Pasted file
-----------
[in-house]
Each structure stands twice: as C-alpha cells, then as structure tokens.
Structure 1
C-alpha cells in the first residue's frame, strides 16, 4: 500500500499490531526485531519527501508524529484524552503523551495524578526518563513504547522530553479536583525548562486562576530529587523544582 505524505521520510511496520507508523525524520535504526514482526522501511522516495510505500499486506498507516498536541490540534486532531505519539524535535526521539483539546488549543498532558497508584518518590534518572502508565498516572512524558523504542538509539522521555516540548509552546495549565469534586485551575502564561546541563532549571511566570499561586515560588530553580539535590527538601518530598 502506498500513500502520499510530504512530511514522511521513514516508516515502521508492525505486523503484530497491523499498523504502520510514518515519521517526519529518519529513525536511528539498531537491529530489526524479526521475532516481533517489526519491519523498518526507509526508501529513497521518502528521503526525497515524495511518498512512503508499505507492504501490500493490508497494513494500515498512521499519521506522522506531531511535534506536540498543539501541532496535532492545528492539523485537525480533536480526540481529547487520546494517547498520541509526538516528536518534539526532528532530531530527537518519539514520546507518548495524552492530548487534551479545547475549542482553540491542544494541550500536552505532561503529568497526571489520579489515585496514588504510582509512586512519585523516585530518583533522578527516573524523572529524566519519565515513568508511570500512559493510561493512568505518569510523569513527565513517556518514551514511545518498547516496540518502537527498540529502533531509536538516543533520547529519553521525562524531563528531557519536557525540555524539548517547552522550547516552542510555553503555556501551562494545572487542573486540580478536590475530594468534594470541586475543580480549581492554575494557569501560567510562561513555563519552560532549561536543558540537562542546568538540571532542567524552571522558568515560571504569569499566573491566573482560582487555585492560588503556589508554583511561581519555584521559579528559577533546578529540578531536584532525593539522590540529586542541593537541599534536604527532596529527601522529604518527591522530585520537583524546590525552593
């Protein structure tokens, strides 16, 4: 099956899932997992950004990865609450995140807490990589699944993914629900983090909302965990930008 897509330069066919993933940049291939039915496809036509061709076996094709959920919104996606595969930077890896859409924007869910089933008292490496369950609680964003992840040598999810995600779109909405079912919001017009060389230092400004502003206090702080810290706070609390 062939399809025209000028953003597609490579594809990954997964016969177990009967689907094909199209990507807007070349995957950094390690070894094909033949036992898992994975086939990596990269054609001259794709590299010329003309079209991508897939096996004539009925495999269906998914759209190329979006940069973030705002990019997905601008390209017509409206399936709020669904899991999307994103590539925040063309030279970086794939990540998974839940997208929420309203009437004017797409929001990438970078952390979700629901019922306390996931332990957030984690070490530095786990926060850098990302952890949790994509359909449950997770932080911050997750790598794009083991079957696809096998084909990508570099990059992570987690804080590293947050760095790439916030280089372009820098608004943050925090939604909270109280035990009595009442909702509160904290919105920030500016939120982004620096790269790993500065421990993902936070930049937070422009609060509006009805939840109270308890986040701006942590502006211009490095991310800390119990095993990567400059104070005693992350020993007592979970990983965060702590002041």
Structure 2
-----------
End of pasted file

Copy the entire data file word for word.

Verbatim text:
[in-house]
Each structure stands twice: as C-alpha cells, then as structure tokens.
Structure 1
C-alpha cells in the first residue's frame, strides 16, 4: 500500500499490531526485531519527501508524529484524552503523551495524578526518563513504547522530553479536583525548562486562576530529587523544582 505524505521520510511496520507508523525524520535504526514482526522501511522516495510505500499486506498507516498536541490540534486532531505519539524535535526521539483539546488549543498532558497508584518518590534518572502508565498516572512524558523504542538509539522521555516540548509552546495549565469534586485551575502564561546541563532549571511566570499561586515560588530553580539535590527538601518530598 502506498500513500502520499510530504512530511514522511521513514516508516515502521508492525505486523503484530497491523499498523504502520510514518515519521517526519529518519529513525536511528539498531537491529530489526524479526521475532516481533517489526519491519523498518526507509526508501529513497521518502528521503526525497515524495511518498512512503508499505507492504501490500493490508497494513494500515498512521499519521506522522506531531511535534506536540498543539501541532496535532492545528492539523485537525480533536480526540481529547487520546494517547498520541509526538516528536518534539526532528532530531530527537518519539514520546507518548495524552492530548487534551479545547475549542482553540491542544494541550500536552505532561503529568497526571489520579489515585496514588504510582509512586512519585523516585530518583533522578527516573524523572529524566519519565515513568508511570500512559493510561493512568505518569510523569513527565513517556518514551514511545518498547516496540518502537527498540529502533531509536538516543533520547529519553521525562524531563528531557519536557525540555524539548517547552522550547516552542510555553503555556501551562494545572487542573486540580478536590475530594468534594470541586475543580480549581492554575494557569501560567510562561513555563519552560532549561536543558540537562542546568538540571532542567524552571522558568515560571504569569499566573491566573482560582487555585492560588503556589508554583511561581519555584521559579528559577533546578529540578531536584532525593539522590540529586542541593537541599534536604527532596529527601522529604518527591522530585520537583524546590525552593
């Protein structure tokens, strides 16, 4: 099956899932997992950004990865609450995140807490990589699944993914629900983090909302965990930008 897509330069066919993933940049291939039915496809036509061709076996094709959920919104996606595969930077890896859409924007869910089933008292490496369950609680964003992840040598999810995600779109909405079912919001017009060389230092400004502003206090702080810290706070609390 062939399809025209000028953003597609490579594809990954997964016969177990009967689907094909199209990507807007070349995957950094390690070894094909033949036992898992994975086939990596990269054609001259794709590299010329003309079209991508897939096996004539009925495999269906998914759209190329979006940069973030705002990019997905601008390209017509409206399936709020669904899991999307994103590539925040063309030279970086794939990540998974839940997208929420309203009437004017797409929001990438970078952390979700629901019922306390996931332990957030984690070490530095786990926060850098990302952890949790994509359909449950997770932080911050997750790598794009083991079957696809096998084909990508570099990059992570987690804080590293947050760095790439916030280089372009820098608004943050925090939604909270109280035990009595009442909702509160904290919105920030500016939120982004620096790269790993500065421990993902936070930049937070422009609060509006009805939840109270308890986040701006942590502006211009490095991310800390119990095993990567400059104070005693992350020993007592979970990983965060702590002041």
Structure 2